Burlington officials say police defunding experiment will take time to yield results
BURLINGTON, Vt. (WCAX) - Public safety in Burlington has been in the spotlight for months following a City Council decision last year to reduce the number of officers at the Burlington Police Department. While the issue has gained urgency as the economy opens back up, officials say it will take time to see if the experiment yields results.
It’s been nearly a year since the Burlington City council voted in favor of historic police cuts that reduced the officer headcount by 30% in response to racial justice protests and excessive force allegations.
“The reason we made that decision is because we have continued to see persistent disparities in how the public safety system is for people of color in our community,” said City Council President Max Tracy, P-Ward 2, who led the call for changes at BPD.
“We can’t continue to do the same things and expect different results when it comes to racial justice as it applies to public safety.”
In early June, Burlington saw its sixth shooting of 2021. Businesses raised safety concerns of employees and customers, as well as the reputation of Burlington being a safe space. BPD officials say one example of the impact of the cuts is fewer patrols outside the bars at closing time. But it’s an argument Tracy doesn’t buy. “I think they are using every claim that they possibly can to try to build their argument or their case,” he said.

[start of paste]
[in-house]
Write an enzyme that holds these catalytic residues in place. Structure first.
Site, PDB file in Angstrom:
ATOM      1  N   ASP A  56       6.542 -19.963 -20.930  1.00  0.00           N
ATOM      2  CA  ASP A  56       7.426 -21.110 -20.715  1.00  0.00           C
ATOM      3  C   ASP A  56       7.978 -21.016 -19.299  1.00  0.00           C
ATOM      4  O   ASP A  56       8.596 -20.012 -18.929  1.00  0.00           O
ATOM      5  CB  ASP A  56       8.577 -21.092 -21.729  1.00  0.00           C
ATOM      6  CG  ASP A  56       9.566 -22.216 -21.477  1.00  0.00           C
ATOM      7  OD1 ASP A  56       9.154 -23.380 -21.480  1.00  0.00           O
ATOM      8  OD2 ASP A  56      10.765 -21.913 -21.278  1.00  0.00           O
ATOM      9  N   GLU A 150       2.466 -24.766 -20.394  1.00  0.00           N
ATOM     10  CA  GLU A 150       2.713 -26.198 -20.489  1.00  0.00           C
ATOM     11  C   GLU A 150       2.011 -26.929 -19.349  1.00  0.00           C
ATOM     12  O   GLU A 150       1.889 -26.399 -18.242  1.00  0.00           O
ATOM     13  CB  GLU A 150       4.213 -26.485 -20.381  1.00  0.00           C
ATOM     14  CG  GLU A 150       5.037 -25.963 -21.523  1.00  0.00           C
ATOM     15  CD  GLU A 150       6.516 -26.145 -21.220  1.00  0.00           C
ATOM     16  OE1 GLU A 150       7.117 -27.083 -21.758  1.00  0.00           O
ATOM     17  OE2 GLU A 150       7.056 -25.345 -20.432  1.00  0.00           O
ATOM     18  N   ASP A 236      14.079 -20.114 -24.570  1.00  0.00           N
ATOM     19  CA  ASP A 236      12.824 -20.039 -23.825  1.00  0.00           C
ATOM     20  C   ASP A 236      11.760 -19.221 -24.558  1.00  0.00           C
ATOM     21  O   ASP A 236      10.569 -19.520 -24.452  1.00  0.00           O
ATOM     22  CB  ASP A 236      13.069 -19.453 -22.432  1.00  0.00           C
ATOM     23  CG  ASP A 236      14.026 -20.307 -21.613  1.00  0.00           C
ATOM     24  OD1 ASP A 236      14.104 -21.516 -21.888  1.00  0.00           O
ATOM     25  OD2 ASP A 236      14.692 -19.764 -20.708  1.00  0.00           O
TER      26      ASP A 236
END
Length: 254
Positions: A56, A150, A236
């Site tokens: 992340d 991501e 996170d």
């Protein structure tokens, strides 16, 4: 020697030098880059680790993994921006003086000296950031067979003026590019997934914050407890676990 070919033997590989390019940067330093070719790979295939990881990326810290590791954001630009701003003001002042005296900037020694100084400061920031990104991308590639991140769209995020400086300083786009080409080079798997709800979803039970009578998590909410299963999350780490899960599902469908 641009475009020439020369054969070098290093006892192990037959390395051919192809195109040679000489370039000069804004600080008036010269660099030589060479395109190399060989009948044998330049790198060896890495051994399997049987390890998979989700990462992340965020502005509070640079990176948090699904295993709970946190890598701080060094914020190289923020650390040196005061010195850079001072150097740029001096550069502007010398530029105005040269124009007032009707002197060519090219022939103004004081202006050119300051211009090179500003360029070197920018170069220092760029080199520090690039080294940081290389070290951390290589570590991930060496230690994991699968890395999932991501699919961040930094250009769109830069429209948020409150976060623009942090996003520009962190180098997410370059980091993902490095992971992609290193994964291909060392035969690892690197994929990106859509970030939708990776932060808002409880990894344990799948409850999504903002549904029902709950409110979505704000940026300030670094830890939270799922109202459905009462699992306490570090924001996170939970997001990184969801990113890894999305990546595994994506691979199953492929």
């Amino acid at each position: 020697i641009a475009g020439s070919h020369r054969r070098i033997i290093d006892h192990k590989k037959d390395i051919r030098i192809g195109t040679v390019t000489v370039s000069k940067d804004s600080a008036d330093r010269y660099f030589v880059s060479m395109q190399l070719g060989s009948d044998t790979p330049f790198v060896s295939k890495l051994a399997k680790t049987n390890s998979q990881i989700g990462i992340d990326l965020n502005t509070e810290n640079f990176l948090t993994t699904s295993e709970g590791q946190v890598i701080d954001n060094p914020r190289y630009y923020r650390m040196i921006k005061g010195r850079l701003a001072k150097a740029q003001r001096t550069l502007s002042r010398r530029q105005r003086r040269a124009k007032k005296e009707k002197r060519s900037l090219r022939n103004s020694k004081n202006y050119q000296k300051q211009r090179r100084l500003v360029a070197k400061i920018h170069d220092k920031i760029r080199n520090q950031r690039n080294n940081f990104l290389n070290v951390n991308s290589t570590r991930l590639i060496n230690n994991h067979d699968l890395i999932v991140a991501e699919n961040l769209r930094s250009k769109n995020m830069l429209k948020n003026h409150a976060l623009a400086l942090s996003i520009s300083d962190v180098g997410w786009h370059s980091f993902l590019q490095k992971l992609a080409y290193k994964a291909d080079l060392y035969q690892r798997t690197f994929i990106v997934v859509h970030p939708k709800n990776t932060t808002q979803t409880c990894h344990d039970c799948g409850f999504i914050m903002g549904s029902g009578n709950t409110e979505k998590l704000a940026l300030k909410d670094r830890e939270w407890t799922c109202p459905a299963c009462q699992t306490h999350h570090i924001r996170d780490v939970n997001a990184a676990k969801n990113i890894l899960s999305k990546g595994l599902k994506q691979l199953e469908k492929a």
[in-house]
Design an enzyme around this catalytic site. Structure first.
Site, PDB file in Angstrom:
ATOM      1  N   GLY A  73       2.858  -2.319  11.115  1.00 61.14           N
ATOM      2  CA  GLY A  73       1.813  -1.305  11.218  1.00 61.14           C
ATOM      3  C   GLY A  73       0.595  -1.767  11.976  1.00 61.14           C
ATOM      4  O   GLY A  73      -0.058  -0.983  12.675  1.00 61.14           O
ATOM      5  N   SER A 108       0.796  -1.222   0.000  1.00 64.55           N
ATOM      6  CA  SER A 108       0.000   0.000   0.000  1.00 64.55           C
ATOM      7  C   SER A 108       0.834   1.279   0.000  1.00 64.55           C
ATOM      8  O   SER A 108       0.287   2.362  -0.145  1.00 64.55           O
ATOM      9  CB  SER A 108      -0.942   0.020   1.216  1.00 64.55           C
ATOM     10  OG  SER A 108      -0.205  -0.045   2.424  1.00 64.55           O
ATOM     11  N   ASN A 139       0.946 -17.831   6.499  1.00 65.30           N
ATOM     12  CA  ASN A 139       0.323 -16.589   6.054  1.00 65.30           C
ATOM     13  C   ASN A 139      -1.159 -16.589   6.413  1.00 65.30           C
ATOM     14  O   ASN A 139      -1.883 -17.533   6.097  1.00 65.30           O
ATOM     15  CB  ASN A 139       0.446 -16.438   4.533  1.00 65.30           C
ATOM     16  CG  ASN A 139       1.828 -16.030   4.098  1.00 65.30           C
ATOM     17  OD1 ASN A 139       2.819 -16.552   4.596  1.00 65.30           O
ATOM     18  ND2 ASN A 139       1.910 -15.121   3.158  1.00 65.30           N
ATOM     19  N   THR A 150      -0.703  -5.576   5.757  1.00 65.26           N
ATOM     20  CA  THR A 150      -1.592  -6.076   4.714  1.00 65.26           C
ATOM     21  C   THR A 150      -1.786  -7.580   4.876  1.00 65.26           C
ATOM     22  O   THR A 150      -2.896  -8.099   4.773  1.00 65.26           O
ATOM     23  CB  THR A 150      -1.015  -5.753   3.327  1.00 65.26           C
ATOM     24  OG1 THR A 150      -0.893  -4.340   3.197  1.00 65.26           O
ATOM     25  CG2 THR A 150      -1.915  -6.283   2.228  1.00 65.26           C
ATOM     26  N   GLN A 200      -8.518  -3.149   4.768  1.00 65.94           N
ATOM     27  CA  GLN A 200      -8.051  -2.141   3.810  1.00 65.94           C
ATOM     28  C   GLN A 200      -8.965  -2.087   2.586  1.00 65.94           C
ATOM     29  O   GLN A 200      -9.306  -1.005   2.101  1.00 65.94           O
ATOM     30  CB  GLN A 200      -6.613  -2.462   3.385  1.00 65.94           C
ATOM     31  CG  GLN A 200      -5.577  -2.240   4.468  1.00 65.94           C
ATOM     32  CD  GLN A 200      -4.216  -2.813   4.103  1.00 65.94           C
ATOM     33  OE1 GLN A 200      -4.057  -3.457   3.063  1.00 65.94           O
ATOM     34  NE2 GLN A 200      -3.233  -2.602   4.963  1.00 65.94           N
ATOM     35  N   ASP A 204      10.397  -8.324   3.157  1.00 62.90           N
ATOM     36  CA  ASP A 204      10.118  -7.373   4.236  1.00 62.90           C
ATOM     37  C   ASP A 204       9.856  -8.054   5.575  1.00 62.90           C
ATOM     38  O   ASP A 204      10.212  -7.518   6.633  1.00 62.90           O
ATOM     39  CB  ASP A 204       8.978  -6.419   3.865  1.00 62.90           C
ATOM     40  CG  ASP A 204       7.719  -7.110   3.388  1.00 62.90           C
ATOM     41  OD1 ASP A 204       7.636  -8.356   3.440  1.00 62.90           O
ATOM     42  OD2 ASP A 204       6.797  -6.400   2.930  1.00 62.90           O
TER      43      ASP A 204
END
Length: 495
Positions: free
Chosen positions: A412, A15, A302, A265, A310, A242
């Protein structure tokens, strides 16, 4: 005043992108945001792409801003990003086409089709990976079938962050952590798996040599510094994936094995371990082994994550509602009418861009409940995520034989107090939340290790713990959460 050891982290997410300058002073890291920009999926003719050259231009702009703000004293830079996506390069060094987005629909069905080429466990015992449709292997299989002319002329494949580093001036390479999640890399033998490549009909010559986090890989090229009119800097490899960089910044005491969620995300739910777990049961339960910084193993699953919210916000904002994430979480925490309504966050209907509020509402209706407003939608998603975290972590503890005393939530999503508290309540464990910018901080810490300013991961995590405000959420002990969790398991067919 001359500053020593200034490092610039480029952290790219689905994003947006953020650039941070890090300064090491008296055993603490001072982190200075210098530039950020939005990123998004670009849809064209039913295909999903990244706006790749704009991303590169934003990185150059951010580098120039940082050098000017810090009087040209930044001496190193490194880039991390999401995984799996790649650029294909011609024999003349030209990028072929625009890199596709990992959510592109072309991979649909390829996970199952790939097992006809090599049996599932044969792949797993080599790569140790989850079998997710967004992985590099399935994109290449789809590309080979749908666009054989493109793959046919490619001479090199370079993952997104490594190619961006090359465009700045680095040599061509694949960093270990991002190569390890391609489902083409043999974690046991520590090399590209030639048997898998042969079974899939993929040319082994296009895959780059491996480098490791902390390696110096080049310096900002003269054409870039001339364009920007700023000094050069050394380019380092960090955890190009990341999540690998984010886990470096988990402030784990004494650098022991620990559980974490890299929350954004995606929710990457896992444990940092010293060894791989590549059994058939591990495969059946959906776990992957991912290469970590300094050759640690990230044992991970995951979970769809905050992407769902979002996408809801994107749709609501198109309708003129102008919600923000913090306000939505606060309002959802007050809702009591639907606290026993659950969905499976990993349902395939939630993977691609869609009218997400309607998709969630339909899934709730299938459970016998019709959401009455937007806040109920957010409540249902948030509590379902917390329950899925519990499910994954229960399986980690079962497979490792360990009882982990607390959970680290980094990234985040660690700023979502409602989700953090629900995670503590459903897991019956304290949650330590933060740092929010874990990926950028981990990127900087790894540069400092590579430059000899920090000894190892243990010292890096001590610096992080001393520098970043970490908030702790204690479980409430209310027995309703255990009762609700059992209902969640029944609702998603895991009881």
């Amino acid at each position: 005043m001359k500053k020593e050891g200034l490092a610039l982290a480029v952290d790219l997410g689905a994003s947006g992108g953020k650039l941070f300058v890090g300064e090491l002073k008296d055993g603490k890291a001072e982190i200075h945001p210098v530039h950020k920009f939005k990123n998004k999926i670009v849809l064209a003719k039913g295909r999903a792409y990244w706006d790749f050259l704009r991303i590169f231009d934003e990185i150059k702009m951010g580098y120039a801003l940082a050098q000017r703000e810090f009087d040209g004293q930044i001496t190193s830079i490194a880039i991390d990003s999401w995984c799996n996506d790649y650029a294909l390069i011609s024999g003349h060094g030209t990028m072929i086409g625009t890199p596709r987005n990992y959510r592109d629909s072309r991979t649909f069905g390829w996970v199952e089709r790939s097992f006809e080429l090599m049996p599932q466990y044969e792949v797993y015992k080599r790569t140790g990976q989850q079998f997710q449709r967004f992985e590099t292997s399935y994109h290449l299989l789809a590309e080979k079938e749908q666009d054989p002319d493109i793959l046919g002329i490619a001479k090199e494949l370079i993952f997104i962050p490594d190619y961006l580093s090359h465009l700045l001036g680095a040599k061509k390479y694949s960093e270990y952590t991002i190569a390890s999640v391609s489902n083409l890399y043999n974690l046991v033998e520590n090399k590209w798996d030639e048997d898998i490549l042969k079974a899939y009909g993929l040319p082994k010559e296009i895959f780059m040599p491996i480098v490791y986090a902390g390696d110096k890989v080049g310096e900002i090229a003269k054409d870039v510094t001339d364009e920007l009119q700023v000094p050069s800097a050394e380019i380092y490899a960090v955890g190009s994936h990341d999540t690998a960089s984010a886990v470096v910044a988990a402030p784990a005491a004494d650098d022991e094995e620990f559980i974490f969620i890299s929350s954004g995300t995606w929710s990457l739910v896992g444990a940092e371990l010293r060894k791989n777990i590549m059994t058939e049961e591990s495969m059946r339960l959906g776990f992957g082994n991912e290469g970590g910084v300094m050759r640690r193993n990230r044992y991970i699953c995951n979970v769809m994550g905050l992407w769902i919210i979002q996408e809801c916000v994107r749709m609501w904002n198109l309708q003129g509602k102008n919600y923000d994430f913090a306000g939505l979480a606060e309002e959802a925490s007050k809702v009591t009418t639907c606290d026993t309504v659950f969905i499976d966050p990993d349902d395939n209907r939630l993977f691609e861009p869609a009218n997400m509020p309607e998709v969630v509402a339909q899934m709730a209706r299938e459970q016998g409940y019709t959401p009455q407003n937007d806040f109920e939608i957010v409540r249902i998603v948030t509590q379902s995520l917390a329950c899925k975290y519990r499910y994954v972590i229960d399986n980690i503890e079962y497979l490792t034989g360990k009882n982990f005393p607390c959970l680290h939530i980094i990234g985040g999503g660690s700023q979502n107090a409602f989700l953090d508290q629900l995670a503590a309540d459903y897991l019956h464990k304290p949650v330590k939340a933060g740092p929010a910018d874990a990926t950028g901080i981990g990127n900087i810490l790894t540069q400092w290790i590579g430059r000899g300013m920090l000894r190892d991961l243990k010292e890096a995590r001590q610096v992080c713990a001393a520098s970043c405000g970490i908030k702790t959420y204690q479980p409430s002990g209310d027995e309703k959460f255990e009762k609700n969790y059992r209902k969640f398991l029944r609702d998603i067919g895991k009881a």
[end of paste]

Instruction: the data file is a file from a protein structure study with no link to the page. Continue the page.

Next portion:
Burlington Mayor Miro Weinberger says concerns with late-night public safety coverage are legitimate. “I’m being straight with people, I definitely have some uncertainty and concern about the period that we are in. We are going to have to manage through it together,” he said.
In response to staffing levels, BPD has a priority response plan designed to better manage during times when call volumes are high and officers on duty are low. But other changes are coming. Unarmed “community service officers” are expected to be added who will respond to lower-level calls like noise complaints. The city’s new budget also includes $400,000 for mental health councilors to assist in some calls.
“I think this is a tough period that we are entering into right now when we really have constrained resources. This isn’t where we are going to be permanently,” Weinberger said.
Tracy and other Progressives believe Burlington could be a nationwide leader under the new plan. “We have an opportunity here to dramatically transform public safety and take a leadership role among small cities in the United States,” he said.
The Democratic mayor agrees but says it’s not going to happen overnight and it will take some time to get those resources in place. “We don’t have them this summer and I do have some concern about it,” Weinberger said.
Both Tracy and the mayor said separately that they feel the city is safe and that it should take about a year to have a better idea of what the changes look like.
Meanwhile, an independent assessment of the police department is expected to be released in the fall, as is the final job posting for a new police chief. The mayor says the city is still working to get feedback from the community on what they want that job to look like. Tracy and the mayor also agree finding a new chief will be part of bringing the city together.
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